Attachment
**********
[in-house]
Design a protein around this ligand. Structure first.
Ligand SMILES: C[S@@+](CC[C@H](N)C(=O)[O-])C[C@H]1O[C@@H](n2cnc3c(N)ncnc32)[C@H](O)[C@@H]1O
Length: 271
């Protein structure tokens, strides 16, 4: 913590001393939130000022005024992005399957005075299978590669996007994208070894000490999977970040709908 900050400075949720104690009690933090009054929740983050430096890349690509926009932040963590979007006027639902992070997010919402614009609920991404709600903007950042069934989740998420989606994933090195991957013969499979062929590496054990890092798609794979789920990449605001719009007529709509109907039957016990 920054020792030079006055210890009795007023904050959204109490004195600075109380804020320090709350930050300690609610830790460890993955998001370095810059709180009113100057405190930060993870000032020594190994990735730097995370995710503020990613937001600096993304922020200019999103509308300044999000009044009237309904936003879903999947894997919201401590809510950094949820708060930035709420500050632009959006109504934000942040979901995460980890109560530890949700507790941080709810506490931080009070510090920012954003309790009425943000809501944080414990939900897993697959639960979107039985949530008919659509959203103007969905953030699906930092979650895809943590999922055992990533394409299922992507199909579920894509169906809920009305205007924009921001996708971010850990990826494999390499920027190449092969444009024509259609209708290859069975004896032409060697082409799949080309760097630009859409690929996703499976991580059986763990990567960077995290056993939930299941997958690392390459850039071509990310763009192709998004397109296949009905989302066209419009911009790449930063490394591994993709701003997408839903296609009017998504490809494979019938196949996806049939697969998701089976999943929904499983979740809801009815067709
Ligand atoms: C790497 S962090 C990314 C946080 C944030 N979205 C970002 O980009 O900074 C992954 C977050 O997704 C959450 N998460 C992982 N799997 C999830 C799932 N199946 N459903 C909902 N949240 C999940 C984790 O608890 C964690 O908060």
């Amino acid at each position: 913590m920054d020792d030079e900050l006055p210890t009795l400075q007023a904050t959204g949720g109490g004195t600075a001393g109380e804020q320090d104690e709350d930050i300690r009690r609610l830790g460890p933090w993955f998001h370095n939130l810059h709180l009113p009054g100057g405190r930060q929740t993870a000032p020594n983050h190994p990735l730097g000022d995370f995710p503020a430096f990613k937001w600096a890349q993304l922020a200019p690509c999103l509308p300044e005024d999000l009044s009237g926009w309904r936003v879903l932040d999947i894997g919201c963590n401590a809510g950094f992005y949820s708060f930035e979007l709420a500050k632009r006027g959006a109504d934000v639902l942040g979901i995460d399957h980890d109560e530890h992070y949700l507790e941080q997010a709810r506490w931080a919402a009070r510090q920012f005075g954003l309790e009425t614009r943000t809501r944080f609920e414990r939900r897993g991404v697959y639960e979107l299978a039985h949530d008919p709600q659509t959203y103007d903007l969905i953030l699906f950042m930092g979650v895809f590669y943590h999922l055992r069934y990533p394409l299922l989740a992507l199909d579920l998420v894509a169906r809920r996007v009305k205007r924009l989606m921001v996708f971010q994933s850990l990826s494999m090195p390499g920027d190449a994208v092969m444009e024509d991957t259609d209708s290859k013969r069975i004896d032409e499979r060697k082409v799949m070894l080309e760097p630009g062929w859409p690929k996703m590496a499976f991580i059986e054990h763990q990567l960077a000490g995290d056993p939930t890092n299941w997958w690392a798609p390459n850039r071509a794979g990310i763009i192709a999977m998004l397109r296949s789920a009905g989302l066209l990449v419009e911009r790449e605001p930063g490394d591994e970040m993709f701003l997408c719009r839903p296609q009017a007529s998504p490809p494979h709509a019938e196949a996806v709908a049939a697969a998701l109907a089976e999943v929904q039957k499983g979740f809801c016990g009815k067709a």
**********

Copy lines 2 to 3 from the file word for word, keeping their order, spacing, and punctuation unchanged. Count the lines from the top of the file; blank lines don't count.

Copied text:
Design a protein around this ligand. Structure first.
Ligand SMILES: C[S@@+](CC[C@H](N)C(=O)[O-])C[C@H]1O[C@@H](n2cnc3c(N)ncnc32)[C@H](O)[C@@H]1O